An Irish librarian who stole many valuable books from his employer over a long period of time was fortunate to be tried before a sympathetic judge. Different judges and jurisdictions look at crimes differently, with sentences ranging from lenient to harsh, and which is better at rehabilitating criminals and protecting the public is anyone's guess. What can be said is that 37-year-old John Nulty was fortunate that Judge Martin Nolan saw him as an eccentric man with a problem and decided to give him a chance to redeem himself with limited consequences if he tows the line going forward.
Originally, Nulty was charged with 216 counts of stealing books from the National Library of Ireland. They were valued at £199,322 (approximately $262,000). However, he was allowed to plead guilty to the taking of just eight of them. The thefts continued over a period of nine years, from 2004-2013. A couple of books were also taken from another library. Nulty's counsel indicated there was no particular pattern to his thefts, at times taking a single book, other times a bag full of them. Counsel also said he was taking them for his own home, as opposed to reselling them. This weighed in the Judge's decision to give him a lenient sentence. Nonetheless, he was caught as a result of a couple of books missing from the National Library being offered for sale online. They were offered by an unknowing dealer who purchased them from Nulty.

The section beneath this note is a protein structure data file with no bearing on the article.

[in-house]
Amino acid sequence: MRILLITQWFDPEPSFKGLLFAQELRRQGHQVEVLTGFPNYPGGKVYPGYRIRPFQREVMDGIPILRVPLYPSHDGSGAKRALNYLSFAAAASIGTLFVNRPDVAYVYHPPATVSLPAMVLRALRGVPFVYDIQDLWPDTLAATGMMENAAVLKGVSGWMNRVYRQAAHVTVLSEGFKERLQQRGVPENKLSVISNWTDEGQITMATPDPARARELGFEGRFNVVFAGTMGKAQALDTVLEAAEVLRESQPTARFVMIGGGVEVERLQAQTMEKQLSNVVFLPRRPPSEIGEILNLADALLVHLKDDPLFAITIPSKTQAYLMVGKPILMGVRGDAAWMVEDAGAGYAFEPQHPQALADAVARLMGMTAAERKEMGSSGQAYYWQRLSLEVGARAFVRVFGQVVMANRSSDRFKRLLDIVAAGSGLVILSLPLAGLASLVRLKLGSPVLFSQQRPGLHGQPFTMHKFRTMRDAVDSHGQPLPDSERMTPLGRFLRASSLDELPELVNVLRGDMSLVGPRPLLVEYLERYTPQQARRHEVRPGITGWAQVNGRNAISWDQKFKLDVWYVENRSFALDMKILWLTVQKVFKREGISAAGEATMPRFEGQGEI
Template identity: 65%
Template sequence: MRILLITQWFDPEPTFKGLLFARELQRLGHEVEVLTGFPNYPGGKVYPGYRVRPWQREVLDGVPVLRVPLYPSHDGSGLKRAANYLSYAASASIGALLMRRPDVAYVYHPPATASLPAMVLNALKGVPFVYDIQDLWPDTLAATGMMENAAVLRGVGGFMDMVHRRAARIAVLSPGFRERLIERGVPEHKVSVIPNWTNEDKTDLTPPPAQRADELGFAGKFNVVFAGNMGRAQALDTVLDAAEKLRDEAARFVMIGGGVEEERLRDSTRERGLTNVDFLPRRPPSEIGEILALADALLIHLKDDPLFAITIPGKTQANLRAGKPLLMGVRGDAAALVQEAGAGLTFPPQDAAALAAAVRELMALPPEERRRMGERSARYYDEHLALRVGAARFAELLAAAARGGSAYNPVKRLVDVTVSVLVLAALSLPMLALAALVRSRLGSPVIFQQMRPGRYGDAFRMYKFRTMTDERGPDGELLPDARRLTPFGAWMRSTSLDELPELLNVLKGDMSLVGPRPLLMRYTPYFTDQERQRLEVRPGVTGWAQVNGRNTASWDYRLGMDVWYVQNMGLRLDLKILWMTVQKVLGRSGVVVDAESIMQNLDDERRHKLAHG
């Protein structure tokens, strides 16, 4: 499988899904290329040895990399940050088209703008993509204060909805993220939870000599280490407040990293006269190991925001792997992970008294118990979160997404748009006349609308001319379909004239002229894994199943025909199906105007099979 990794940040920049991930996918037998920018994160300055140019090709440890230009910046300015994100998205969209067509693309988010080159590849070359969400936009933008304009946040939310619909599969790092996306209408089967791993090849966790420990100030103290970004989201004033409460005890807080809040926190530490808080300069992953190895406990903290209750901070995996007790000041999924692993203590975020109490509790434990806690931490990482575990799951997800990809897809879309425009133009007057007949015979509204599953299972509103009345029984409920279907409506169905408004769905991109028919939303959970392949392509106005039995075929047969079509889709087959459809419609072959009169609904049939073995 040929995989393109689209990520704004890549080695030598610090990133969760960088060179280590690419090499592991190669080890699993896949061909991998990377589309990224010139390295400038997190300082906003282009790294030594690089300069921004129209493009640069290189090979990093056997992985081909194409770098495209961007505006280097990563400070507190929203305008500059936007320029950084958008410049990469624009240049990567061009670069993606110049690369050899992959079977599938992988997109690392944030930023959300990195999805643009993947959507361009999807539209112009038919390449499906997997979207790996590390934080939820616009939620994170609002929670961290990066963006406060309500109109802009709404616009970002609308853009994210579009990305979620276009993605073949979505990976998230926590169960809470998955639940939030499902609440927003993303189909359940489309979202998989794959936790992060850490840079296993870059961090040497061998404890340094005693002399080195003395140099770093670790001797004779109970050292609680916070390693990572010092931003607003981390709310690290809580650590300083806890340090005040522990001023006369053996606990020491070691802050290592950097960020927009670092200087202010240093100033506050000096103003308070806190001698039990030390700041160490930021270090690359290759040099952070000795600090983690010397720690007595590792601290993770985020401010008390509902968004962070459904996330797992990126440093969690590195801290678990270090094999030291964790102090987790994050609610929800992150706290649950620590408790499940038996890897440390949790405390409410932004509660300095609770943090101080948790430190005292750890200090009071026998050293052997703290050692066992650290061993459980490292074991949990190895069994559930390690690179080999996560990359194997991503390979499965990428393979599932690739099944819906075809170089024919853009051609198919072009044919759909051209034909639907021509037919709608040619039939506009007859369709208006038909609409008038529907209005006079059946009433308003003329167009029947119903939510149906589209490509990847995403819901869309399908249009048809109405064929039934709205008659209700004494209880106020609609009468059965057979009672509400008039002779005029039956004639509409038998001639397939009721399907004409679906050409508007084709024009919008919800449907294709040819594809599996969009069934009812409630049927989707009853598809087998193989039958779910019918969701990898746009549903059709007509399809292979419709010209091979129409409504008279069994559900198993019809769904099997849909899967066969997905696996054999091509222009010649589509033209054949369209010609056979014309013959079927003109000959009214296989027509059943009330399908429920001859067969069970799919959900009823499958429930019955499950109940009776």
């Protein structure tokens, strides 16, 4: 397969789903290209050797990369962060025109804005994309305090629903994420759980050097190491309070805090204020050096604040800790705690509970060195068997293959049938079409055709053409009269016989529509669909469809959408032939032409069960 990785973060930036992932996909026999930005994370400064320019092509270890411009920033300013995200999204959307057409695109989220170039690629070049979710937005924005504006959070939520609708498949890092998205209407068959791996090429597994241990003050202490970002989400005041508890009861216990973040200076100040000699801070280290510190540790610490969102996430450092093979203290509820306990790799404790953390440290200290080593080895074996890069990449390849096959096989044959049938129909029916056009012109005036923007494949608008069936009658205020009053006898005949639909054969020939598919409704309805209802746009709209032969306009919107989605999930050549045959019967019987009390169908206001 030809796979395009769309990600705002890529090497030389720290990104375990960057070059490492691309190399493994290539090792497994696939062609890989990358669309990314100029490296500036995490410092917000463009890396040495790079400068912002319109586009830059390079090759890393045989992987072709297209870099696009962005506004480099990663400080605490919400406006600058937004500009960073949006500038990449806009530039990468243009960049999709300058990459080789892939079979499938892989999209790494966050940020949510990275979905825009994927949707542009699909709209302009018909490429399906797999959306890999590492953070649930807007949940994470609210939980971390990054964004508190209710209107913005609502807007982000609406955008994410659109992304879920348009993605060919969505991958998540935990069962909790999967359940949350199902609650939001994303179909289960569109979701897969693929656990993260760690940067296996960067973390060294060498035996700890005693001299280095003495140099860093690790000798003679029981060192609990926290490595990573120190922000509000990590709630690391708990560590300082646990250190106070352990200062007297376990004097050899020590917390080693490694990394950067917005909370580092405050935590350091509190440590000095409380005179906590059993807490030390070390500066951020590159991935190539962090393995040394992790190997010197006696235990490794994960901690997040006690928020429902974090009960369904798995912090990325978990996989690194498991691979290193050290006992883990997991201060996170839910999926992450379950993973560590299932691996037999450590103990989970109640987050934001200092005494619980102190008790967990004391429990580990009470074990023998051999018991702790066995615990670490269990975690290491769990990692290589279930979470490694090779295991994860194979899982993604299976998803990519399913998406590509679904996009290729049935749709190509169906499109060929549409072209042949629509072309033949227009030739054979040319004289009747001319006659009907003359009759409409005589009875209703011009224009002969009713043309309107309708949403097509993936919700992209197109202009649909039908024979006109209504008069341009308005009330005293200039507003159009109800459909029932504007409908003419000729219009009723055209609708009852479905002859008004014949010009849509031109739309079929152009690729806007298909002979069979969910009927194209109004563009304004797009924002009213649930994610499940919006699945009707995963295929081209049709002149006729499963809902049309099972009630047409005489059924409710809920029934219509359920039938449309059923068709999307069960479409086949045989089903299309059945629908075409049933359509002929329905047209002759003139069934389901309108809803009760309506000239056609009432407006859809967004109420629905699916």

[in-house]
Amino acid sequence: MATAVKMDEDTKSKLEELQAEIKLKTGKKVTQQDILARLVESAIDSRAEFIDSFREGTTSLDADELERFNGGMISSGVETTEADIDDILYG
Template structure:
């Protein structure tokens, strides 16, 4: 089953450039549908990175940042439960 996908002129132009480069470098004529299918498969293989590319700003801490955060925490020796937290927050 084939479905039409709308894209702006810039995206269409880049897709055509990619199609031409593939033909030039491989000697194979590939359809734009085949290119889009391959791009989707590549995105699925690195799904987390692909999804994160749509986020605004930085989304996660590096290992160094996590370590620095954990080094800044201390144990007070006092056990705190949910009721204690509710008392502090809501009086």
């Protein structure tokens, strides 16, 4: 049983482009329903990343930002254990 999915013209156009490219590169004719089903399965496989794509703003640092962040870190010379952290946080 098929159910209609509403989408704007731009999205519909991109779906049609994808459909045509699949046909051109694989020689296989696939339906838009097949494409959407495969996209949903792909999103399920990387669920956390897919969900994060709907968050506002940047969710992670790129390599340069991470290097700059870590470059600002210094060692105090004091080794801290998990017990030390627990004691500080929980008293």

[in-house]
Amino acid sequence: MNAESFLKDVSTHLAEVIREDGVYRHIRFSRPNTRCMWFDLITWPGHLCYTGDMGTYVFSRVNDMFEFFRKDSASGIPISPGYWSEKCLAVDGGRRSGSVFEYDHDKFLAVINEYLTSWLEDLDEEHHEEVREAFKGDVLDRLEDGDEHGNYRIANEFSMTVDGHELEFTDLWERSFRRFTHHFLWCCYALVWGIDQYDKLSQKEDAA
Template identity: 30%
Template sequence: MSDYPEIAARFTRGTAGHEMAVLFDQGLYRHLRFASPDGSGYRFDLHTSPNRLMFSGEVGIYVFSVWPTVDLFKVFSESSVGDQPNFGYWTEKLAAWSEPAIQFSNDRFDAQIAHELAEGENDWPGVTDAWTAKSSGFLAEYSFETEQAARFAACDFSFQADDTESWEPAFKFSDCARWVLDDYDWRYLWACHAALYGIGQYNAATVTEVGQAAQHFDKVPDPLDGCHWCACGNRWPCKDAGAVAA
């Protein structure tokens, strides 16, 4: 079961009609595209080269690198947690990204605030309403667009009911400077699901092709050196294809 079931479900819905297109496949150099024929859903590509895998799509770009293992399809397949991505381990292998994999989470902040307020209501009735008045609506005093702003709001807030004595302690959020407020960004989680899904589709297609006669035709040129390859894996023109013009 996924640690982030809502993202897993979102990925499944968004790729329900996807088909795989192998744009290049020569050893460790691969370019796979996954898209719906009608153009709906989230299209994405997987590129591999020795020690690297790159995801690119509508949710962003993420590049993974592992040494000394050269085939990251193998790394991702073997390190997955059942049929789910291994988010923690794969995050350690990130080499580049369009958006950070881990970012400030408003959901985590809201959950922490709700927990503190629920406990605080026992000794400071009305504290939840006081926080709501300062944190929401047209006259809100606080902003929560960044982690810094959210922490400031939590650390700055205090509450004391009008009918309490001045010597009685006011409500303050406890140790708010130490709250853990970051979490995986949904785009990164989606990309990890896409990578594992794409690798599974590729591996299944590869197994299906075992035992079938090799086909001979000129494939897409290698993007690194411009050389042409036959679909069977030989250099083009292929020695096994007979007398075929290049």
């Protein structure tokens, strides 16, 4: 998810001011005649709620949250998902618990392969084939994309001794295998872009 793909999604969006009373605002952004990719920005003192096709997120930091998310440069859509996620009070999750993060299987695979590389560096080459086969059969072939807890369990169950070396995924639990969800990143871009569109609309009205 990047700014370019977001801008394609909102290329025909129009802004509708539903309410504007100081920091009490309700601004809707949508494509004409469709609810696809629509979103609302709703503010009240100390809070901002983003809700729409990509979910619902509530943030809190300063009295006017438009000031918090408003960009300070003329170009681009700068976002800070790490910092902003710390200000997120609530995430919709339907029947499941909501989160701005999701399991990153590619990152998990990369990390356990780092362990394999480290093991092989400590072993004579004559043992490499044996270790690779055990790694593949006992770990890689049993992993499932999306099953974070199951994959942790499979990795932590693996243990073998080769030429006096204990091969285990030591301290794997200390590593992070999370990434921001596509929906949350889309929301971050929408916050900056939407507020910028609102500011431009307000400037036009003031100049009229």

His attorney explained this discrepancy by saying Nulty only sold some of the books when facing financial difficulties in 2013. This claim was supported by the fact that most of the books were still in his home or a separate storage site. The library was able to recover all but about £5,000 worth of the missing books. Also according to his counsel, Nulty at one point considered burning all of the books to put it behind him, but his love for the books and appreciation of their value prevented him from doing so. Naturally, counsel said that he was extremely remorseful and that he came from a good family. His prior record was clean save for a minor public order offense.
Judge Nolan sentenced Nulty to 2 ½ years in prison. However, the Judge also said that it would be unjust to immediately imprison the defendant. Consequently, he suspended the entire sentence. If Nulty stays out of trouble the next 2 ½ years, the sentence will effectively be served without ever setting foot in prison. Judge Nolan stated that if Nulty had been primarily selling the books for a profit, he would not have suspended the sentence, but considering his cooperation, that all but £5,000 worth of the books were recovered, and that he was motivated more by an obsession that got out of hand than money, the Judge did not feel it was right to send him off to jail without another chance.
Mr. Nulty certainly dodged a bullet on this one. Two and one-half years would be a long time in prison for someone whose life of crime was spent in a library. We don't always get a second chance, but when we do, it is best to take it.